While in Los Angeles, I was excited to run at Irvine Regional Park. Most people don’t go there to run, and there is a heck of a lot of things. There is a miniature railroad! And a zoo! So much. I stumbled upon it because I was looking for a new spot to run, so I wasn’t dealing with Los Angeles traffic.
About Irvine Regional Park:
- $3 per vehicle entry Monday – Friday;
- $5 Saturday – Sunday
Keep in mind Irvine Regional Park does close when they reach compacity, usually between 12-2 on weekends.
Irvine Regional Park is located at the foothills and has a long line of both oak and sycamore trees. There are plenty of trails, shared areas, and even a stone-work waterfall and foot bridge. With 495 acres, there is something to do for everyone, and you’ll likely see horseback riders while out.
What can you do at Irvine Regional Park?
- Irvine Park Railroad is a 1/3rd scale railroad departing every 30 minutes with views of most of the park.
- Group picnic areas: Even big enough to host 150+ people! Rates depend on size.
- Concessions: You can rent bikes and aqua cycle! Plus, the Lakeside Snack Bar is located near the boathouse.
- Equestrian trails: There are about 3 miles of equestrian trails.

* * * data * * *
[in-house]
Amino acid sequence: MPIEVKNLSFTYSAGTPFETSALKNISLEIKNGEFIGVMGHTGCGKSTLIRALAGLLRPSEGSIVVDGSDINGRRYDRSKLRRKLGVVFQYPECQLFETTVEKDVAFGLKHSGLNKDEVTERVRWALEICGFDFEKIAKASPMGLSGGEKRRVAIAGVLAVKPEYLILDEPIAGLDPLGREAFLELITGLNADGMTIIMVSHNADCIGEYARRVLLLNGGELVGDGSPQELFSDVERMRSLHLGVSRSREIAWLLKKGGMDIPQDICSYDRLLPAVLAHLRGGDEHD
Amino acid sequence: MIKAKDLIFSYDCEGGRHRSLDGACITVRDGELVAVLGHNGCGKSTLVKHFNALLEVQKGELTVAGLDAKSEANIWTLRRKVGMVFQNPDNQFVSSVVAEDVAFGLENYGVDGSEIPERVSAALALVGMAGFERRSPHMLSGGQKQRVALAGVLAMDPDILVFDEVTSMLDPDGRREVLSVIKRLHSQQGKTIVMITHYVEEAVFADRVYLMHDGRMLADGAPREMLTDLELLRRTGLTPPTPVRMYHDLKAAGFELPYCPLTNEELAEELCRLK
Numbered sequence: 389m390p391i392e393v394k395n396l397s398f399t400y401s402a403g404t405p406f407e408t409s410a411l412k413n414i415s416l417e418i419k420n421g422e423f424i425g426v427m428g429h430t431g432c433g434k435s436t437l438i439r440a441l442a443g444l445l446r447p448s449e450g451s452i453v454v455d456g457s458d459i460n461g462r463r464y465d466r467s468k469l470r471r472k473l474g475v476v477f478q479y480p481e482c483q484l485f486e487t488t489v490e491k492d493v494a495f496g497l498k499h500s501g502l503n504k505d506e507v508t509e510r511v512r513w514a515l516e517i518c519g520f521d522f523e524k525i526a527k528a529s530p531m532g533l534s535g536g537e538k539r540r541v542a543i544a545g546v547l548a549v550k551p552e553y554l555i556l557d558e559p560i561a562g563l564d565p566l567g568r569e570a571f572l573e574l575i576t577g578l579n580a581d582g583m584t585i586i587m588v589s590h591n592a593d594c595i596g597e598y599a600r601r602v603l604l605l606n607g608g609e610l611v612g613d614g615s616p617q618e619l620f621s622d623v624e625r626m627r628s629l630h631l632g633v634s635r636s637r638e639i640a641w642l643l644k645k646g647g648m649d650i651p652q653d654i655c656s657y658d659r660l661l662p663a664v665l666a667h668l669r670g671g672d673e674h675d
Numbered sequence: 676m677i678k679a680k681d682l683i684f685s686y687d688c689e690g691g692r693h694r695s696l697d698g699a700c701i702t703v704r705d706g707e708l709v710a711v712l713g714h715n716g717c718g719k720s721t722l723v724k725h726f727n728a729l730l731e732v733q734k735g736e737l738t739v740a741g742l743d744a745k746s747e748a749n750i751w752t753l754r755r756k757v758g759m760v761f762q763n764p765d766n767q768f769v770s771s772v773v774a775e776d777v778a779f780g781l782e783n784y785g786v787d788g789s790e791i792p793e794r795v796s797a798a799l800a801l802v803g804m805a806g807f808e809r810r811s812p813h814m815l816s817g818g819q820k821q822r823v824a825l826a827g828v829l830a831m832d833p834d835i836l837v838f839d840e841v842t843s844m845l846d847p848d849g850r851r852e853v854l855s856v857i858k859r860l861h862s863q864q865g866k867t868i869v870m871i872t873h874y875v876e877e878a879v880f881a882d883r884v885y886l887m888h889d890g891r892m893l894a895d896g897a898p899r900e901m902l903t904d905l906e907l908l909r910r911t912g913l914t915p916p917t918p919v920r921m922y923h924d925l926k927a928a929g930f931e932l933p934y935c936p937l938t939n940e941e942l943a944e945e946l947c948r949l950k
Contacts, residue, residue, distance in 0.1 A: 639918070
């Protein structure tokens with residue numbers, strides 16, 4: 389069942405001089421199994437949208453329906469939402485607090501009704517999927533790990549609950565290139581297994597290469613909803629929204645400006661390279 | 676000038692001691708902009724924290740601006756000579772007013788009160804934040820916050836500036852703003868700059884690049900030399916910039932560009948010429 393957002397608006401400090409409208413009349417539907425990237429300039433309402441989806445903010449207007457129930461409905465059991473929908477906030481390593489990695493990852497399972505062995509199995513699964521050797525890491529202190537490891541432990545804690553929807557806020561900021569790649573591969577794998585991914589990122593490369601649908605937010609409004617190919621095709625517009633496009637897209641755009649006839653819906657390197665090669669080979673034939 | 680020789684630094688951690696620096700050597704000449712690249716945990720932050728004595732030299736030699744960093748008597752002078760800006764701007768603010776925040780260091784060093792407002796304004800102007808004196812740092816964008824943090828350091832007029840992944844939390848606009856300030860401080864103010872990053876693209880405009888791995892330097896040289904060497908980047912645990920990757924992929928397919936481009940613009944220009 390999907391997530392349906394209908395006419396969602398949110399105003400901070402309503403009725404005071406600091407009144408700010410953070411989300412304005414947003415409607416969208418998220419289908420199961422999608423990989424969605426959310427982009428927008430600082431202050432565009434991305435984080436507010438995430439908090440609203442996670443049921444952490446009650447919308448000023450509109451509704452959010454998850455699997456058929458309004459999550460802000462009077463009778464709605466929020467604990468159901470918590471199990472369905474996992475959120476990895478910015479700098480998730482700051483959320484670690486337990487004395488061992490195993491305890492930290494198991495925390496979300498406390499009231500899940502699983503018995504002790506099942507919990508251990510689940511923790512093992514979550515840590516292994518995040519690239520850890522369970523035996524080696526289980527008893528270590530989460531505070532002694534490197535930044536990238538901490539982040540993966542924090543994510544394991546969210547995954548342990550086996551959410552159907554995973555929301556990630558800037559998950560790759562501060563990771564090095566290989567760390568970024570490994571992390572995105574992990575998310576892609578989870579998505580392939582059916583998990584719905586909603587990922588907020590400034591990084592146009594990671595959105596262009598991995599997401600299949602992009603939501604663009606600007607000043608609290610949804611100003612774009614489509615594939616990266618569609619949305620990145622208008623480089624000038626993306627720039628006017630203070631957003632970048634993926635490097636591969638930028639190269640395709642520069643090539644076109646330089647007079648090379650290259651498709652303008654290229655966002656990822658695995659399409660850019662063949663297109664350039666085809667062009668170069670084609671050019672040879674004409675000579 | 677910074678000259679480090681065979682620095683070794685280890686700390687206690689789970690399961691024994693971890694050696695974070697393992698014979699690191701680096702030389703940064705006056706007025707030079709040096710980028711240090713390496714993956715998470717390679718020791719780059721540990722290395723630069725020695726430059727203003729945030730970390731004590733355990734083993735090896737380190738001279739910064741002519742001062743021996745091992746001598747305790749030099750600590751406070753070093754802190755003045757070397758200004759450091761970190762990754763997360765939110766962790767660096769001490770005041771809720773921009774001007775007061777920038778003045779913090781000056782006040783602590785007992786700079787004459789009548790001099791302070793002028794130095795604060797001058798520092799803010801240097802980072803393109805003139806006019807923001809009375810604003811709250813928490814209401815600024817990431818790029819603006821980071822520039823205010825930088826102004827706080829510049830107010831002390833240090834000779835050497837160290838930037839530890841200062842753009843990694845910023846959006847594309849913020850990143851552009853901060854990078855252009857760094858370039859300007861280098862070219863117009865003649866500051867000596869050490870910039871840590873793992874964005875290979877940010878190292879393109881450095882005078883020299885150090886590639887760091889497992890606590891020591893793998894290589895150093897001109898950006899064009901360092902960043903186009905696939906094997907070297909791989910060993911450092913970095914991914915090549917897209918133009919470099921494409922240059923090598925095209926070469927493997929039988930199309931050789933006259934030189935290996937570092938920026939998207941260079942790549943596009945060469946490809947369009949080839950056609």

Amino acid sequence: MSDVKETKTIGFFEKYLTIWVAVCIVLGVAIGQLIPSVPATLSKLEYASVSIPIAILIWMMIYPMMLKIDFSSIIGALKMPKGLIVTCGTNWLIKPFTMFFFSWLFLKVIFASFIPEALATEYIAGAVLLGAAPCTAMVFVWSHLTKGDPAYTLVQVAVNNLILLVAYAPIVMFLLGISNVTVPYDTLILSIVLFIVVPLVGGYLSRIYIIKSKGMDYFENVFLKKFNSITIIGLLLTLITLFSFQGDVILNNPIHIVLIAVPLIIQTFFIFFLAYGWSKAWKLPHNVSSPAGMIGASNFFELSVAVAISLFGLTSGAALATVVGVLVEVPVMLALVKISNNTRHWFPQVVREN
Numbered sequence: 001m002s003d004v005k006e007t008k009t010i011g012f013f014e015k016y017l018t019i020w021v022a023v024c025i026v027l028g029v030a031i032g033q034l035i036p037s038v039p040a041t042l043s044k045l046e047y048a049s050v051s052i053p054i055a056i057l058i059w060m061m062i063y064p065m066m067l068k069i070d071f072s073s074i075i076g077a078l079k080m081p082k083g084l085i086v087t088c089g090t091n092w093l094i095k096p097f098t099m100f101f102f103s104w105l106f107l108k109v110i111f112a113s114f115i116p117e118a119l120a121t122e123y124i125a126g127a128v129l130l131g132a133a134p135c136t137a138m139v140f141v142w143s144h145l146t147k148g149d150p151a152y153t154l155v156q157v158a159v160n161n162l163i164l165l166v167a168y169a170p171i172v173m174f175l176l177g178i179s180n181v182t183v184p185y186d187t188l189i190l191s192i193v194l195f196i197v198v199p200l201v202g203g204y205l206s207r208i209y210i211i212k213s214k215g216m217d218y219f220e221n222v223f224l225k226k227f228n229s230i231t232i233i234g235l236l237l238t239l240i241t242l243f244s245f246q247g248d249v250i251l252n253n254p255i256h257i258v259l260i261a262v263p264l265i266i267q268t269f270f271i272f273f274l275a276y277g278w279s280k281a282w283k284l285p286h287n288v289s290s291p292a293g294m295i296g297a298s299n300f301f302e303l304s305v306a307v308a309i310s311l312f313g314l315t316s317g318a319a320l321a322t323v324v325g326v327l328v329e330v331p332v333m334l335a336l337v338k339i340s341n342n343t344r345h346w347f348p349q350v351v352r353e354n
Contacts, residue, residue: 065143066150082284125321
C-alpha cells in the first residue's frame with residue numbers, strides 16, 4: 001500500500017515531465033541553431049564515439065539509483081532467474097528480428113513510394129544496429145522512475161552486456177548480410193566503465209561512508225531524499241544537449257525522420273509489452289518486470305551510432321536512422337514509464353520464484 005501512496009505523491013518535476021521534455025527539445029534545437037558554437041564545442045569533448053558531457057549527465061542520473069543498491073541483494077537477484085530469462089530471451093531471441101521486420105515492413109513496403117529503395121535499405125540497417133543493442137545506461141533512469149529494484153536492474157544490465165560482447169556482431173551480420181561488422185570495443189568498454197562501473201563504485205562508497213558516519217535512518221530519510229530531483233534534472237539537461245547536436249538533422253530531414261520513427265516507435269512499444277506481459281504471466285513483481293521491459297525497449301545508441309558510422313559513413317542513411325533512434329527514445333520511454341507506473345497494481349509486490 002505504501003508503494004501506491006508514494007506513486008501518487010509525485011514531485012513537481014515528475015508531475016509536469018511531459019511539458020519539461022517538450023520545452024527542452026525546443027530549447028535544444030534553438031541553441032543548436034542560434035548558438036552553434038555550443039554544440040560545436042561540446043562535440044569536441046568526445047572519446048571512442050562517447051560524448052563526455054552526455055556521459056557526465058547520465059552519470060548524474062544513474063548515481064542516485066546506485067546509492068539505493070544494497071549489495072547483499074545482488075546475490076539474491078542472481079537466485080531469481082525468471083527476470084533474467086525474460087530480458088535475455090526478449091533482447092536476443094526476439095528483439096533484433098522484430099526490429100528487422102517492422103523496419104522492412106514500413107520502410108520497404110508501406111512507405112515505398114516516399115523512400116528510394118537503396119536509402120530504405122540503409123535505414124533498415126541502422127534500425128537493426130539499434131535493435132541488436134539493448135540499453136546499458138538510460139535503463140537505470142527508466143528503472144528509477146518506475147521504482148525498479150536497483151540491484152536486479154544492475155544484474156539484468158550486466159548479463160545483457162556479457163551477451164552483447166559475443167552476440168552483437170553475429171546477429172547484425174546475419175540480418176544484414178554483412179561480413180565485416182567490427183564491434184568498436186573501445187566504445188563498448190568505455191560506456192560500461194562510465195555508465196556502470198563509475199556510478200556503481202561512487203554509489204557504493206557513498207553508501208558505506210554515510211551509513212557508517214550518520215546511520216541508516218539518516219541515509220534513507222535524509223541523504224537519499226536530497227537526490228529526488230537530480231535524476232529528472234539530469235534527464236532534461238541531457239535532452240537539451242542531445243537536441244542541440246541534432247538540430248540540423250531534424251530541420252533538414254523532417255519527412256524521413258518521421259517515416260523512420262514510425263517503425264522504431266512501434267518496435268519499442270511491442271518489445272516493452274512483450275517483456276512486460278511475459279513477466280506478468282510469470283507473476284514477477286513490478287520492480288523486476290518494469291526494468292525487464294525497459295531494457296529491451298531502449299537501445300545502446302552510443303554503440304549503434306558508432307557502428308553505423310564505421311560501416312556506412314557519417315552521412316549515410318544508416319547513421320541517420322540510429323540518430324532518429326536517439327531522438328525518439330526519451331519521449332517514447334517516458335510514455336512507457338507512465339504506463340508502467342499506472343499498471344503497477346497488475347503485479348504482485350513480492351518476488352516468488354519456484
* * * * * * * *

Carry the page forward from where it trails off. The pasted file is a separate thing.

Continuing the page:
- Children’s Pony Rides: Usually from around 10-4.
- Ball Fields
- Hike, Bike, Running Trails
- Ball Fields
This is not everything at Irvine Regional Park; you can find more details on their website. There is a lot to do, and I can see why it’s one of the most popular parks in Los Angeles.
My Experience at Irvine Regional Park:
The day before, we had run through Anaheim, and it felt overwhelming, so I wanted to get out somewhere else. We found Irvine Regional Park and got there around 8 am. A little too late for my usual running (LOL, I am usually done running by 8 am), but I was excited to run somewhere new. When we arrived, we saw several runners returning from a workout, so I was like, ” Oh, a great sign.
We did the Irvine Regional Park’s perimeter and headed towards the dam. The back trails were some of my favorites and were mostly quiet. It did get a lot hotter than I thought, and I found myself reasonably toasted by the end. You can find whatever type of trail you prefer at Irvine Regional Park, whether dirt or paved trails. There are many options, and I can’t wait to explore more, including the cross-country courses. I also want to go to the zoo.
Be sure to get there early because they aren’t joking about how crowded it gets. When we arrived around 8 am, there was still plenty of parking. When we were trying to leave around 10 am, there was a massive line trying to get into the park, and not much parking left. If you are looking for the quietest part of the park, it’s definitely in the back hiking trails towards the dam.
You can see Strava here and more hikes here.
Questions for you:
Have you been to Irvine Regional Park?
What is your favorite park in Los Angeles?